Related Expertise: Health Care Payers, Providers & Services
This is the third in a series of articles and interviews on the subject of improving cyberresilience—the ability of companies, organizations, and institutions to prepare for, respond to, and recover from cyberattacks. The series grows out of The Boston Consulting Group’s work with the World Economic Forum on this topic. We spoke with George DeCesare, senior vice president and chief technology risk officer of Kaiser Permanente, to discuss the roles of boards of directors (as well as top management) in cybersecurity and cybergovernance. DeCesare was part of the World Economic Forum working group that developed a set of cyber principles and tools expressly for boards of directors.
George DeCesare serves as Kaiser Permanente’s senior vice president and chief technology risk officer and is responsible for leading cybersecurity, technology governance, risk, and compliance, as well as identity and access management. In this position, he maintains the security and integrity of Kaiser Permanente's data, ensures regulatory compliance in the technology space, and manages the broad spectrum of technology risks.
DeCesare joined Kaiser Permanente in 2015 following a more than 20-year career in the health care industry. He held various positions, including in-house counsel with a primary practice of privacy and cybersecurity law, director of IT compliance and security, information technology officer, and chief information security officer (CISO). In the course of these roles, DeCesare designed and implemented a data security program that included strategy, framework, policies, procedures, and standards to address business and regulatory needs.
He serves on the Health Information Trust Alliance (HITRUST) Board of Directors, the Health Care Industry Cybersecurity Task Force formed by the Department of Health and Human Services, and the World Economic Forum’s Advancing Cyber Resilience project. He also chairs the Evanta Executive Leadership—CISO.DeCesare graduated with a JD from Northwestern California University and holds a long list of professional certifications.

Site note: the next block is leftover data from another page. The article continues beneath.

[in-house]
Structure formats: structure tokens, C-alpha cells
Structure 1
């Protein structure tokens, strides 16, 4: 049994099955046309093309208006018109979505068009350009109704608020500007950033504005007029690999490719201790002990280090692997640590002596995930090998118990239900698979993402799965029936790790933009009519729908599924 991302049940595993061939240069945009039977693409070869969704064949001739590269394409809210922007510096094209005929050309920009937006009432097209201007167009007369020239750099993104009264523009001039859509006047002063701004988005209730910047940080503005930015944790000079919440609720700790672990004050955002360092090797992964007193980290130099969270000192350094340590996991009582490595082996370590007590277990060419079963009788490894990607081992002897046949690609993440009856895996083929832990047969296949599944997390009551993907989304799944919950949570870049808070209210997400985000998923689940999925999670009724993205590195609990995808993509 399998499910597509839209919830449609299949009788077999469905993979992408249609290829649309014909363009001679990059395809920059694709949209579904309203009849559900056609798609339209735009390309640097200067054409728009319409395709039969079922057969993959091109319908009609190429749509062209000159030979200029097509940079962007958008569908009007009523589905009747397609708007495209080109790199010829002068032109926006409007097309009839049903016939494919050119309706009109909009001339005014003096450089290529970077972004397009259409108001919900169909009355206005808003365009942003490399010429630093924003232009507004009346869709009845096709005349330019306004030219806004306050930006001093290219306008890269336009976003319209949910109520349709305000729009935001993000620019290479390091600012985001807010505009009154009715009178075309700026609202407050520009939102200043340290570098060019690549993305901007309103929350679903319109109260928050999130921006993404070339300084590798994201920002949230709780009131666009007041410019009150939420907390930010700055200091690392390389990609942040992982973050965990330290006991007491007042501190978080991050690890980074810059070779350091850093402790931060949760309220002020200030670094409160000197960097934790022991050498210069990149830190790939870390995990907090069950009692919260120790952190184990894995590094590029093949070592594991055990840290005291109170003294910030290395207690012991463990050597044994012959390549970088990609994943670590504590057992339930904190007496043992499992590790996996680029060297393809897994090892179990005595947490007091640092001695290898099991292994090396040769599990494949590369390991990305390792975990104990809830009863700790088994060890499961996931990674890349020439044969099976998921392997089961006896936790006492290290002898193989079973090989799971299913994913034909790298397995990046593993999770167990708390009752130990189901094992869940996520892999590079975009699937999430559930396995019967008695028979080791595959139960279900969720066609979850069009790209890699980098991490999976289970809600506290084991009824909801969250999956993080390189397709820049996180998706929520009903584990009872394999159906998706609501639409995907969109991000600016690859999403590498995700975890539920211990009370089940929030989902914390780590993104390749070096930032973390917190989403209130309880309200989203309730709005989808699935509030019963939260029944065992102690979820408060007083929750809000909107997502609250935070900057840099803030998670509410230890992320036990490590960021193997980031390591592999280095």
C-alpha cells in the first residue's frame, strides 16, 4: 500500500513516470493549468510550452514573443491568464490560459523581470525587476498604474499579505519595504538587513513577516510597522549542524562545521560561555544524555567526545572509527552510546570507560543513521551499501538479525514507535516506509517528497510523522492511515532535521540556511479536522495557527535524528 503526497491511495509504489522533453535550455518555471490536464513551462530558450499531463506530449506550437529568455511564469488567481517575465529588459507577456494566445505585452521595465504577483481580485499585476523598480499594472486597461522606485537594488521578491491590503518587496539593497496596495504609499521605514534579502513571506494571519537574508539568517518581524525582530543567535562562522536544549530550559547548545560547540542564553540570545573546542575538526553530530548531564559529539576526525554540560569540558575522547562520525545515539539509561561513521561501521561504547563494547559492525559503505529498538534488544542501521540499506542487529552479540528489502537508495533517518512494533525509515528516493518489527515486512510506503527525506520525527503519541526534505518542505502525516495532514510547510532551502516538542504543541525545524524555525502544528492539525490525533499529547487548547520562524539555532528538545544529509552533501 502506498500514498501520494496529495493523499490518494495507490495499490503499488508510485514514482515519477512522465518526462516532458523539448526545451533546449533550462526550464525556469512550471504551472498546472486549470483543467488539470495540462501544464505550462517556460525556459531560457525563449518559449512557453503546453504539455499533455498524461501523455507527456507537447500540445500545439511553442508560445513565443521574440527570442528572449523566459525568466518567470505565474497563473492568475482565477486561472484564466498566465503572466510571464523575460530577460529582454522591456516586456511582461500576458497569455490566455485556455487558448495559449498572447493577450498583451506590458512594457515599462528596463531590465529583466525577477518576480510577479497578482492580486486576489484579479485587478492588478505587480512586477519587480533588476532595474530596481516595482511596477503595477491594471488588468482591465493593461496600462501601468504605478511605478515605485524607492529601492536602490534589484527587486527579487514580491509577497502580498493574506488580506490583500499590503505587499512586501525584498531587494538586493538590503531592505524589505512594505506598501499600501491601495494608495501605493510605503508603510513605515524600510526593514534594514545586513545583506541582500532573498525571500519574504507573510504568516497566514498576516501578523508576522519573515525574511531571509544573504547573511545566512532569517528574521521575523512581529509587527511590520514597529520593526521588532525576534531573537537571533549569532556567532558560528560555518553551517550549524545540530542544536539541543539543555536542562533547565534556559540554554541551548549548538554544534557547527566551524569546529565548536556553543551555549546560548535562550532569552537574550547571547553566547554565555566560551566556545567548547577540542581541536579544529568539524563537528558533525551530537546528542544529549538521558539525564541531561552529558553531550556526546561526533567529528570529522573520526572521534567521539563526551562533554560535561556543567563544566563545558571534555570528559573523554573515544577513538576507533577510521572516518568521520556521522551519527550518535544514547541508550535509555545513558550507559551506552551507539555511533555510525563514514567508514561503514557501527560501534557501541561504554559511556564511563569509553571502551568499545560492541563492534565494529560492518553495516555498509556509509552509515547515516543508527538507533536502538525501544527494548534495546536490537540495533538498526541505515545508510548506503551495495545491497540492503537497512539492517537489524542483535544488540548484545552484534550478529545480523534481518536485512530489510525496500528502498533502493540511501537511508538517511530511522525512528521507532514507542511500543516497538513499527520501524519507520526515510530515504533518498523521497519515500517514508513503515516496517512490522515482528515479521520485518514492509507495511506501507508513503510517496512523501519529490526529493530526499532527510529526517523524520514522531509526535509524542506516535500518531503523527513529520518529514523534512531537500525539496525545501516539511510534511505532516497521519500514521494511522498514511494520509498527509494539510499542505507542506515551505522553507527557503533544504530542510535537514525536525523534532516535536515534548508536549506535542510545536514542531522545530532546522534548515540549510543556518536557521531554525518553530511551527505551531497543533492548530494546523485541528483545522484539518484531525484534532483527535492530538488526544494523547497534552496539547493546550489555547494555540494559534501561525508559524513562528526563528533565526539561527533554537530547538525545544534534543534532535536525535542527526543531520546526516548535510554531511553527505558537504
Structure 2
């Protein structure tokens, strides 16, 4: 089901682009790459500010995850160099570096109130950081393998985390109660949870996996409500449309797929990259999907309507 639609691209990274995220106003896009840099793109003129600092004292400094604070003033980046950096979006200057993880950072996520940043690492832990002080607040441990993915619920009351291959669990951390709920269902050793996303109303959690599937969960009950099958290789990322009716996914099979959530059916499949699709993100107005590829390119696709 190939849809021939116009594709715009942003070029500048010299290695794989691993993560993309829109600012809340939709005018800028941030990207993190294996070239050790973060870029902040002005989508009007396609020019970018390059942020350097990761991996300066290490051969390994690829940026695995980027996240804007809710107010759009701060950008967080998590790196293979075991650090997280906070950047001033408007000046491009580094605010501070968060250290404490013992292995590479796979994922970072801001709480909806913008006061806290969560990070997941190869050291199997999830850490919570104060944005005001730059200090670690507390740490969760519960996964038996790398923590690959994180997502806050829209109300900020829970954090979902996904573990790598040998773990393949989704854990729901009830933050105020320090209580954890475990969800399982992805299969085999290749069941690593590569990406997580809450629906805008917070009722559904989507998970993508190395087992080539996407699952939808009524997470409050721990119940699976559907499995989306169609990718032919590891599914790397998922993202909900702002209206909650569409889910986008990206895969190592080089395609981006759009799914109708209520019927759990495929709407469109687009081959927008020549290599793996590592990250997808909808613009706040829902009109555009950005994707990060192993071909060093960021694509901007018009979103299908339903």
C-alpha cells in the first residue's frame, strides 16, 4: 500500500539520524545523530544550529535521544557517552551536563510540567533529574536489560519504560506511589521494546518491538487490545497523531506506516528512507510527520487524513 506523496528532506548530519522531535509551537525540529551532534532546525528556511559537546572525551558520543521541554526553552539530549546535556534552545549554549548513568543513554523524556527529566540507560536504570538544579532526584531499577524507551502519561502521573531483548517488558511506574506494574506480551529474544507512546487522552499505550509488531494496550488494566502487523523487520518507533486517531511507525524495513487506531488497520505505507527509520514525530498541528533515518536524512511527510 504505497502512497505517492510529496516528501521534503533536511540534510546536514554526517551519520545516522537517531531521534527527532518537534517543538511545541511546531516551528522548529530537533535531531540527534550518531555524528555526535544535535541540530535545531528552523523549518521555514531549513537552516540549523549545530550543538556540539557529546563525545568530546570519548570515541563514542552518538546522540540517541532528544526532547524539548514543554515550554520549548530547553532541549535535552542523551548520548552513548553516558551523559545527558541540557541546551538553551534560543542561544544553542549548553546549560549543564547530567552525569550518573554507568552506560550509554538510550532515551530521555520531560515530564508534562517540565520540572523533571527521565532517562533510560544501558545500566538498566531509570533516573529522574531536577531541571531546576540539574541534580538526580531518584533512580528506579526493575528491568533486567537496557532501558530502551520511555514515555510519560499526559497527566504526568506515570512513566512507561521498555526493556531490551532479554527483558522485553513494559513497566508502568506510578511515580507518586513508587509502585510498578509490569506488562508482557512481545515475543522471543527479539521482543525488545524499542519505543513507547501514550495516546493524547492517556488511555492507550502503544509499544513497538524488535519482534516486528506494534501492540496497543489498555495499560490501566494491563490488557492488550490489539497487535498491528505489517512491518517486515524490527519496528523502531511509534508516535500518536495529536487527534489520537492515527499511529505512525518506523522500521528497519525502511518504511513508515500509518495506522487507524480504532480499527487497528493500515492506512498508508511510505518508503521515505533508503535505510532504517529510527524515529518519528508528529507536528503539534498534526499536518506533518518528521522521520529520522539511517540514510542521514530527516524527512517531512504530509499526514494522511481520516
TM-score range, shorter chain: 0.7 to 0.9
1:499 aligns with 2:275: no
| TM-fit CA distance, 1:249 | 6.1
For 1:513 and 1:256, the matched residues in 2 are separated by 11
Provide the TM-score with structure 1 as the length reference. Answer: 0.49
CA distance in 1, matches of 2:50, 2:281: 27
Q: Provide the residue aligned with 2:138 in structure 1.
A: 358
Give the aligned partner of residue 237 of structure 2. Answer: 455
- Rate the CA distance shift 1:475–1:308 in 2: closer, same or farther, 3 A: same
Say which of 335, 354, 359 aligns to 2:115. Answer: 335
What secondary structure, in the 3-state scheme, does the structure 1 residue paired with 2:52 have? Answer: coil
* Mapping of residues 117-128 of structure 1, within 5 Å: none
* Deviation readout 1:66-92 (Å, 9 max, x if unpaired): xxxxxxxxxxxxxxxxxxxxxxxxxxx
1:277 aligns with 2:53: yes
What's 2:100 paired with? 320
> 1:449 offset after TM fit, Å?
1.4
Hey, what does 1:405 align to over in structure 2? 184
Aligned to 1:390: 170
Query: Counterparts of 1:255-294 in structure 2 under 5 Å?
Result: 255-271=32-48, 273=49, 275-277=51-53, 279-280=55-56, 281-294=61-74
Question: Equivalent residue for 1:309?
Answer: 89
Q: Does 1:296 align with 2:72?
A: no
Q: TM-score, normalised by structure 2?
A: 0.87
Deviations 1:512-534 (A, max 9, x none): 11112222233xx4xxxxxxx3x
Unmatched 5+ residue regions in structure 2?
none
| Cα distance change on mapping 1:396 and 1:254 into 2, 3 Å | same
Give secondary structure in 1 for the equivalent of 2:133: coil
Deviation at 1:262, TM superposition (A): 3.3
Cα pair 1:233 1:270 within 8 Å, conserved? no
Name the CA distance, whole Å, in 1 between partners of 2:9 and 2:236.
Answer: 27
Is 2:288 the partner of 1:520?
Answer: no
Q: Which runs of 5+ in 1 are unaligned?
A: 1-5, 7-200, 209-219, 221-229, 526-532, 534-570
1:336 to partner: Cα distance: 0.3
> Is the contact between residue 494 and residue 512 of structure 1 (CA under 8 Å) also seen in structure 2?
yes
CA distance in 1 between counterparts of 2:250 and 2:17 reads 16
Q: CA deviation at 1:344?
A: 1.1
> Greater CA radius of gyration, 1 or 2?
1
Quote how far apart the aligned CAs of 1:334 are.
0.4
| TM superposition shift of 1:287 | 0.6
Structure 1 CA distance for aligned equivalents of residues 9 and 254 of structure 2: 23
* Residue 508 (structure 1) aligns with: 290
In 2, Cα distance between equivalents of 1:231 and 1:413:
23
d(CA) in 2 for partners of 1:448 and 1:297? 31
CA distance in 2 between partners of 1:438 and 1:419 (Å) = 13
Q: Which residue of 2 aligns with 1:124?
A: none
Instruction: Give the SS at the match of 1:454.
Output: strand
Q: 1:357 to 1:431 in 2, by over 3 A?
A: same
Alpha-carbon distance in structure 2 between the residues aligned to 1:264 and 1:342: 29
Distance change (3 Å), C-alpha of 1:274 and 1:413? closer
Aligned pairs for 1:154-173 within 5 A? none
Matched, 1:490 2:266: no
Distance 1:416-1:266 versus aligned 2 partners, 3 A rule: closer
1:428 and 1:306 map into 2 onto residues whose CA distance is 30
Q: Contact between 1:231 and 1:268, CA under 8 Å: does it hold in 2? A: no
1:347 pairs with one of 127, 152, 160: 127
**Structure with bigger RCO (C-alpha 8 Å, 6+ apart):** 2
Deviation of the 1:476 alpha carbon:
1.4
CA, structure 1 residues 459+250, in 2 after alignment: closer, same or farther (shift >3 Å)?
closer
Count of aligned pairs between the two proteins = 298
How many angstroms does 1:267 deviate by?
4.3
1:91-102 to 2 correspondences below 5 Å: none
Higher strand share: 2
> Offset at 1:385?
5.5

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What are the biggest challenges in trying to get a board to adopt the kind of cybergovernance principles and tools that you helped the World Economic Forum develop in 2016?
The first challenge is encouraging a board to think comprehensively about risk modeling, appetite, and tolerance. Cyberrisk should be established as an important category within that framework. Lots of organizations talk about risk tolerance or appetite from the perspective of more common business risks, such as strategic or financial risk; however, risks introduced through technology are typically more difficult to incorporate into traditional risk frameworks. Companies should broaden the discussion—and use a common language when they talk about all types of risk.
The second challenge is identifying accountability. Who’s accountable for managing cyberrisk? It’s still a relatively new phenomenon, so accountability is not clear in a lot of organizations. Typically, if you have somebody who’s already an accountable officer, it’s the CIO. But it could be someone else. Then the question becomes: How do you segment more specific accountability—who’s responsible for which aspects of cyberrisk?
Talk about how you convey that first point—the common language. What are the metrics that board members can assess? What constitutes progress when it comes to security posture?